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Saturday, May 4, 2002

Scenes From a Restaurant

Wife: "Have you noticed that there are a lot of fat people here tonight?"

Me: "We're at a buffet. In Kansas. And it's steak night."


Me: (as I come back to the table) "Some really big fat guy just cut in front of me."

Wife: "You'll have to be more specific if you want me to get a look at him."

Me: "He got two big pieces of steak, and two sausages. He'll probably keel over before he's done with dinner."

Wife: "I'd say that's true of several people in here."

Me: "That's what I'm hoping. There's only a few pieces of cherry pie left."

(Still later. Note: my son is recently potty-trained, but still finds #2, if you will, to be distinctly unpleasant)

Me: "Do you need to go potty?"

Son: (as he stuffs macaroni into his mouth): "No."

Me: "You're tugging at your pants like you need to go potty. Do you need to go potty?"

Son: "Nope."

Me: "You know, you have to go poo-poo sooner or later."

Son: "Later."

(Still later. A woman stops about two feet from where I sit, looking in my direction)

Woman: "Hey, good-looking!"

Me: "Huh?"

Woman: "Oh, not you, him." (She points to some guy sitting near me.)

(I resume eating my black-eyed peas, in bitter silence)

Wife: "Hey, good-looking."

Me: "Thank you."

posted by Woodlief | link | (0)

Friday, May 3, 2002

The Meetings Fix

From today's Washington Post:

"The Bush administration has begun planning for an international peace conference on the Middle East early this summer to accelerate negotiations over a final political settlement between the Israelis and Palestinians..."

International peace conference. Who would we invite? The sneering Europeans, who still think of Arafat as some sort of aging rock star? The Arab dictatorships, who collectively have refused to condemn Palestinian suicide bombings? Perhaps the Chinese, who tsk-tsked American imperialism as the root cause of the 9/11 attacks, or our friends the Russians, who have supplanted the Germans as chief armory for Iran's nuclear weapons program.

The surest way to ensure a lack of peace is to make it the focus of an international conference, or a stinking conference, for that matter. But that's not what cheeses me most about this story. Check out this language: "a final political settlement between the Israelis and Palestinians..."

News flash: if there ever is a final settlement, it won't be political. Either Muslim brutes in the surrounding monarchies will muster the courage to set about what they make no secret of desiring, which is to cut the throat of every Jew in Israel, or Israelis will resort with one mind to the ruthlessness required to cripple their mortal enemies. And after the blood has soaked into the ground -- no matter whose blood it is -- the politicians will swoop in, with their grand pronouncements and self-serving speeches, and announce "Peace at last."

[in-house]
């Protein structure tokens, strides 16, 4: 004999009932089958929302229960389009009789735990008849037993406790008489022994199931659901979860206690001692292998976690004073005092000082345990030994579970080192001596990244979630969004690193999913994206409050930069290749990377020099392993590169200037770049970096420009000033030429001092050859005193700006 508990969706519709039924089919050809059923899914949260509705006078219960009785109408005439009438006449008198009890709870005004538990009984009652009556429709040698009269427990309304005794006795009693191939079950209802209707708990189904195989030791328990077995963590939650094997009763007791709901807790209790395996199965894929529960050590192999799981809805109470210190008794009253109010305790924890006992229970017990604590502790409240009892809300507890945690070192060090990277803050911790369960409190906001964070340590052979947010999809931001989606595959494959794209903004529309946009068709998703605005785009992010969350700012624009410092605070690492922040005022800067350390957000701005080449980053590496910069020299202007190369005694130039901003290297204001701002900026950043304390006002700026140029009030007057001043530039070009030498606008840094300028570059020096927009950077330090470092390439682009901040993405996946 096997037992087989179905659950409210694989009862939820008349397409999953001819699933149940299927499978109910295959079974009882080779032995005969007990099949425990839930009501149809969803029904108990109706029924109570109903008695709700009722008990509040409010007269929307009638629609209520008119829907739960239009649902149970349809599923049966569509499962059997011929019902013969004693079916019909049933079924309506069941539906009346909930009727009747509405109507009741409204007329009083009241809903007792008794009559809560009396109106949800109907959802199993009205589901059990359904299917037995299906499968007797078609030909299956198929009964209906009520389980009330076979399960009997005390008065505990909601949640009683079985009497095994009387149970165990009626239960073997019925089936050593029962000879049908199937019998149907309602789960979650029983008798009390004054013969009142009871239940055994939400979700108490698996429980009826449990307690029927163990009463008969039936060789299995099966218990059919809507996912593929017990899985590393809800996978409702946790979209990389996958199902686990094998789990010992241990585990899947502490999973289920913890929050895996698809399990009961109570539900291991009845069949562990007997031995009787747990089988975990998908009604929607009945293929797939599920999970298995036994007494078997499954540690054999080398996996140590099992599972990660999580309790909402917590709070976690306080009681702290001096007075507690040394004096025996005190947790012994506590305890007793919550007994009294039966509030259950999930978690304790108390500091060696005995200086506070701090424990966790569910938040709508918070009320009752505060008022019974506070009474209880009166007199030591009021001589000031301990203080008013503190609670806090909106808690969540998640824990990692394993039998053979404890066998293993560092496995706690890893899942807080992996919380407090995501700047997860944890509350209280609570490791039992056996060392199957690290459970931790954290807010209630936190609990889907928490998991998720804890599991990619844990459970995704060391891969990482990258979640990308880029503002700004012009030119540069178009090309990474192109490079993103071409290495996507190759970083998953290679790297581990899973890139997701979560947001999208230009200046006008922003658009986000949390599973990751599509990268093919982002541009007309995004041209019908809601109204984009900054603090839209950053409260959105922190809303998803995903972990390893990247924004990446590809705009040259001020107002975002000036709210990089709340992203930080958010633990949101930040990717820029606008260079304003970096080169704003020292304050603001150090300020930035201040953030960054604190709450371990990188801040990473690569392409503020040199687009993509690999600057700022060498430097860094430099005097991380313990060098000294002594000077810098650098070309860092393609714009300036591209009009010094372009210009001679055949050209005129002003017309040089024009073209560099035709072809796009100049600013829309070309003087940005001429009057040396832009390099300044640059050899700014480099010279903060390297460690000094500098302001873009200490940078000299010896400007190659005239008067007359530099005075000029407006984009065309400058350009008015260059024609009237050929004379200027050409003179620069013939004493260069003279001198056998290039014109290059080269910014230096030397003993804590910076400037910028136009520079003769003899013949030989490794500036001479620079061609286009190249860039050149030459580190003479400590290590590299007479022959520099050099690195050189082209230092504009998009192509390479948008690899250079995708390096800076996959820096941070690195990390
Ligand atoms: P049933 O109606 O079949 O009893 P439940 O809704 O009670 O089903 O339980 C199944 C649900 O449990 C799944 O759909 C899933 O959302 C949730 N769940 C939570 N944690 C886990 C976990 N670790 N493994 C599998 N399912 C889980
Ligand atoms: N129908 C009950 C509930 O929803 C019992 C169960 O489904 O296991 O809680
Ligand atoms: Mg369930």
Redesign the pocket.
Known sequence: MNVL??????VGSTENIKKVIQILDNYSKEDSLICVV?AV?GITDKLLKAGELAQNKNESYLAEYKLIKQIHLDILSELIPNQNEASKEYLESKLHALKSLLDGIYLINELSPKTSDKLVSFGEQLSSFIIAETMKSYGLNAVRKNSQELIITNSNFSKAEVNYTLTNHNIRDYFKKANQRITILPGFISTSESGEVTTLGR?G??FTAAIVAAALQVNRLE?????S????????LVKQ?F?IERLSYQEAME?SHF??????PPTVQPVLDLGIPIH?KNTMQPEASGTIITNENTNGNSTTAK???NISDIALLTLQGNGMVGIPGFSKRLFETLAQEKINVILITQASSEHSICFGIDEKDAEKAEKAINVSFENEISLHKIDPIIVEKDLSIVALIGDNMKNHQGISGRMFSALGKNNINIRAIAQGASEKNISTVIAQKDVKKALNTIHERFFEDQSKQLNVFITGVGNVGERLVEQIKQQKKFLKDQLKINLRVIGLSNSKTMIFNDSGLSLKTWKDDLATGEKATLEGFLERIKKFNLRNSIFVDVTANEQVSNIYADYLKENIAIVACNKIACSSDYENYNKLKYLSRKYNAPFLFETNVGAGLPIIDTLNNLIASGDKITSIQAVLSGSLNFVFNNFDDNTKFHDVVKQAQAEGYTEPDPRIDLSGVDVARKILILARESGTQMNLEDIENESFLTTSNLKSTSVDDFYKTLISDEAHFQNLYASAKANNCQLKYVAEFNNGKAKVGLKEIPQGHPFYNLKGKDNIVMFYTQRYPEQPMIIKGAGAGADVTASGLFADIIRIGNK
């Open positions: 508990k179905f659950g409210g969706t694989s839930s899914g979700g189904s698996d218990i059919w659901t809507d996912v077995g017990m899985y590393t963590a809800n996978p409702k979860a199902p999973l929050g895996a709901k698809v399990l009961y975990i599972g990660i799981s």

I suspect most of the people behind the perpetual international hand-wringing over Israel know this. The purpose of such a meeting isn't to bring peace to the Israelis and Palestinians, it is two-fold: to bring peace to the consciousness of Westerners who want not to feel bad about desiring their own selfish peace with oil-rich thugs; and to provide legitimacy to the cancerous hatred that has permeated nearly every corner of those regimes. Contrast the latter reality with this observation of a Bush Administration official:

"A Palestinian state must be based on the principles that are critical to freedom and prosperity: democracy and open markets, the rule of law, transparent and accountable administration, and respect for individual liberties and civil society."

The problem is that such a state would no longer be Palestinian, or even fundamentally Muslim, for that matter. How are we going to politic and conference our way to that?

posted by Woodlief | link | (0)

Thursday, May 2, 2002

Be Careful Where You Look

Ananova reports that the U.S. National Research Council, acting on a fear of extraterrestrial contamination, is urging NASA not to search for life when it eventually sends men to Mars. I can imagine the discussion inside the future Mars landing craft now:

Joe: "Here we are, the first humans on Mars. Isn't it incredible?"

Sue: "Yeah, it's ... hey, is that a little man over there?"

Joe: (nervously) "Heh heh, of course not Sue. Come help me with this map."

Sue: "No, I'm serious, that's a little man! He's waving at us."

Joe: "There's no man out there. Get away from that window."

Sue: "He's cute. (waving) Hi, sweetie!"

Joe: "Cut that out, and that's an order! You do not see a little man. Even if you see a little man, you do not see a little man. Catch my drift?"

Sue: "Look, we weren't supposed to look for life, and we didn't, okay? He found us (waves again)."

Joe: "You are so going to be in trouble when we get back."

posted by Woodlief | link | (0)

Wednesday, May 1, 2002

Emily for Princess

Emily Jones notes that Londoners have been warned not to appear too capitalistic on May Day, lest they fall prey to roving bands of "frothing-at-the-mouth protesters with nothing better to do than irritate the responsible population by attending the annual May Day rally." She then provides the warning that would appear in papers today if she were Princess.